Safe Harbor 401(k) Plans – More Savings, Less Hassle
The Safe Harbor plan design is our most popular 401(k) retirement plan for businesses with employees.
What is a Safe Harbor 401(k)?
Safe Harbor plans enable small business owners to contribute the maximum amount of their annual income into a tax-deferred retirement account and automatically satisfy government required non-discrimination compliance tests. While some businesses are concerned with the cost of providing a match, it is typically 100% tax deductible.
Get Tax Deductions for Your Matching Contributions
More good news: come tax time, your business can deduct all matching contributions (within the deductibility limitations imposed by the IRS) to employee accounts. And don't forget, matching contributions help increase employee retention, and are a great recruiting tool for prospective hires.
Automatically Satisfy IRS Testing
All 401(k) plans except Solo 401(k)s are subject to government tests to help ensure the plan is serving the best interest of employees and not just high earners. A Safe Harbor plan allows you to automatically satisfy non-discrimination testing by providing an immediately vesting match. Companies that choose a Safe Harbor plan must either:
- Make a dollar-for-dollar matching contribution for all participating employees on the first 4% of each employee's compensation (this is the most popular option), OR
- Contribute 3% of the employee's compensation for each eligible employee, regardless of whether the employee chooses to participate in the plan.
Safe Harbor plans work particularly well for companies that have consistent streams of revenue. Businesses finding it difficult to maintain matching funds year-round might find that a 401(k) plan without Safe Harbor could make more sense.
Frequently Asked Questions
A Safe Harbor 401(k) plan generally satisfies the non-discrimination rules for elective deferrals and employer matching contributions. For a 401(k) plan to be considered a Safe Harbor plan, employers must satisfy certain contribution, vesting, and notice requirements. So, let's say you have 25 employees, but only a third of them choose to put money into the plan. There's a formula that limits the amount you can personally contribute to a traditional, non-Safe Harbor plan. Under a Safe Harbor 401(k), if you're willing to make a minimum contribution on behalf of your employees, you'll be able to maximize your own personal contributions to the plan.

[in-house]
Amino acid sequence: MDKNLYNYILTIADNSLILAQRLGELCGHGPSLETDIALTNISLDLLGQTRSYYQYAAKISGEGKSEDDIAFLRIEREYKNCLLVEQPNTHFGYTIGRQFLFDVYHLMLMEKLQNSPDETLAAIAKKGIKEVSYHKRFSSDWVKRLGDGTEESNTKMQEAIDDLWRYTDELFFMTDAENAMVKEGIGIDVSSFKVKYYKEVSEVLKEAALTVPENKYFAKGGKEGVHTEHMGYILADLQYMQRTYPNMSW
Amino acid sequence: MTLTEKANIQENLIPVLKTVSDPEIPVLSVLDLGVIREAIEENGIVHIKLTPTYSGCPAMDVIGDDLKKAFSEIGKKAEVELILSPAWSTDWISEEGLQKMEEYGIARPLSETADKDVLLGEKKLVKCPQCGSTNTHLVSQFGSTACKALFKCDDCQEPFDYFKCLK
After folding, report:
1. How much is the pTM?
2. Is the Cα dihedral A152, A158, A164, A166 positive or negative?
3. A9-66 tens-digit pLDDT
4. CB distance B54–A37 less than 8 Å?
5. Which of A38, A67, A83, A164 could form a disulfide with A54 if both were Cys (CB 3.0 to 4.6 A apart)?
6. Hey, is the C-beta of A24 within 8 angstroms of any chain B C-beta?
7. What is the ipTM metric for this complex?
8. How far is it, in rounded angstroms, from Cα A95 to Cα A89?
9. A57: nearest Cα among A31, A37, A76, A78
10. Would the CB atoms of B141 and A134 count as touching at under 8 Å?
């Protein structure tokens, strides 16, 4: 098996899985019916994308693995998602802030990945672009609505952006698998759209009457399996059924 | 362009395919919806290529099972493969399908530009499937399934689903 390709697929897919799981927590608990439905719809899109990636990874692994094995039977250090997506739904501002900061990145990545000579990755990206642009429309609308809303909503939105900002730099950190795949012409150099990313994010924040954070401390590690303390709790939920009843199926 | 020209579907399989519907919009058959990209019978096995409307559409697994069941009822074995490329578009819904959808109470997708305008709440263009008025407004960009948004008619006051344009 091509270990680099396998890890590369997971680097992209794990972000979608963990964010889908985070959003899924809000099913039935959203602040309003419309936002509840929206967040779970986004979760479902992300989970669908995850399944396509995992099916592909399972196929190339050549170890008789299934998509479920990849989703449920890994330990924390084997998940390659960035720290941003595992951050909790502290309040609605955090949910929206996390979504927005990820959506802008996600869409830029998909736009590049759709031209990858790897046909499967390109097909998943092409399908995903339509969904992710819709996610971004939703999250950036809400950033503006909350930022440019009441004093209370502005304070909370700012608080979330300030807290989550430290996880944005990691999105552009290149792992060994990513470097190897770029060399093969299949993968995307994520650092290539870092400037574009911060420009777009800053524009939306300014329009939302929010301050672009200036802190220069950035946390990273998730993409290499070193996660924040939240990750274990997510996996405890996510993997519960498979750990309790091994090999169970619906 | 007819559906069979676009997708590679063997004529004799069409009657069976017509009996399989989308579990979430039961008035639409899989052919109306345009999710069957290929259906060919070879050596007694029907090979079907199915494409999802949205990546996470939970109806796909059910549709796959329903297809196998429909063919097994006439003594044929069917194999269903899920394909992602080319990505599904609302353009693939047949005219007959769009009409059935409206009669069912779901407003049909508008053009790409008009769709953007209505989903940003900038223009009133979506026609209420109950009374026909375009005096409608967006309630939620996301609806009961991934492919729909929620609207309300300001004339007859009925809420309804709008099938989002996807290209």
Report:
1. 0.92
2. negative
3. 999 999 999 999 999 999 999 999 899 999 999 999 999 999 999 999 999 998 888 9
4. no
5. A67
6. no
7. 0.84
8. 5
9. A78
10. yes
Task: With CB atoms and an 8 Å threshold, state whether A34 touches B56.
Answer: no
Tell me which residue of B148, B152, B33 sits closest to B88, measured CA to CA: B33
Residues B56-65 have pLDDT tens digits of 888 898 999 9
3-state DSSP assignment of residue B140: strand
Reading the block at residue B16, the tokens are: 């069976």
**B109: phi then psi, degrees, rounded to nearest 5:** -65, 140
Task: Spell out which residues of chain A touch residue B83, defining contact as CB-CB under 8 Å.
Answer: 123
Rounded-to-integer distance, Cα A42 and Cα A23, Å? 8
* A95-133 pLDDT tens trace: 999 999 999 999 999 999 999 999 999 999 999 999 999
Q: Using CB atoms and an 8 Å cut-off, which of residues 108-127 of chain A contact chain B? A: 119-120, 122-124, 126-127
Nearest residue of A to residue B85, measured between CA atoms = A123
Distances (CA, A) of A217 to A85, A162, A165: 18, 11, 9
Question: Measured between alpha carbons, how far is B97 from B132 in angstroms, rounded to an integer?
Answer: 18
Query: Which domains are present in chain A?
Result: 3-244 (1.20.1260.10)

Generally, the U.S. Government wants to ensure that 401(k) plans do not favor Highly Compensated Employees (HCEs) over Non-Highly Compensated Employees (NHCEs). The government has established required compliance tests to verify all employees have fair representation in a plan. The Safe Harbor plan helps you automatically pass the non-discrimination testing by making contributions on behalf of your employees.
Employers may choose between two Safe Harbor contribution options. These accounts are 100% vested and must be funded on a per-pay-period basis.
- An employer matching contribution of 100% of employee elective contributions (both pre-tax and Roth) on the first 4%, 5%, or 6% of compensation, OR
- An employer non-elective contribution of 3% of compensation for all eligible employees.
There are generally three main types of compliance tests required to be performed on a 401(k) plan to ensure employers treat employees fairly:
- Actual Deferral Percentage (ADP) test – compares the deferral percentage of HCEs and NHCEs. (Generally, the HCE deferral amount cannot be more than two percentage points higher than the non-HCEs' average.)
- Actual Contribution Percentage (ACP) test – compares employer matching contributions between the HCEs and NHCEs.
- Top-Heavy test – determines if the account balances of key employees is greater than 60% of the total assets of the plan.
Highly compensated employees are generally defined as individual(s) with more than 5% ownership, family members of a more than 5% owner (spouse, parents, children or grandparents), or employees who earned more than $150,000 in the previous calendar year.
Generally, all HCEs will be limited to defer only about 2% more than the average of all eligible Non-Highly Compensated Employees (NHCEs). If the plan does not have any eligible NHCEs participating in the 401(k) plan then none of the HCEs would be able to participate either.
Safe Harbor plans are required to be set up 3 months prior to the plan year-end date (by October 1st for those with a calendar fiscal year). It typically takes 3-4 weeks from the purchase date to be able to install your plan. Plan installation date requirements are contingent upon the plan type being adopted and whether it is an existing or startup plan. Specific deadlines are set for each year.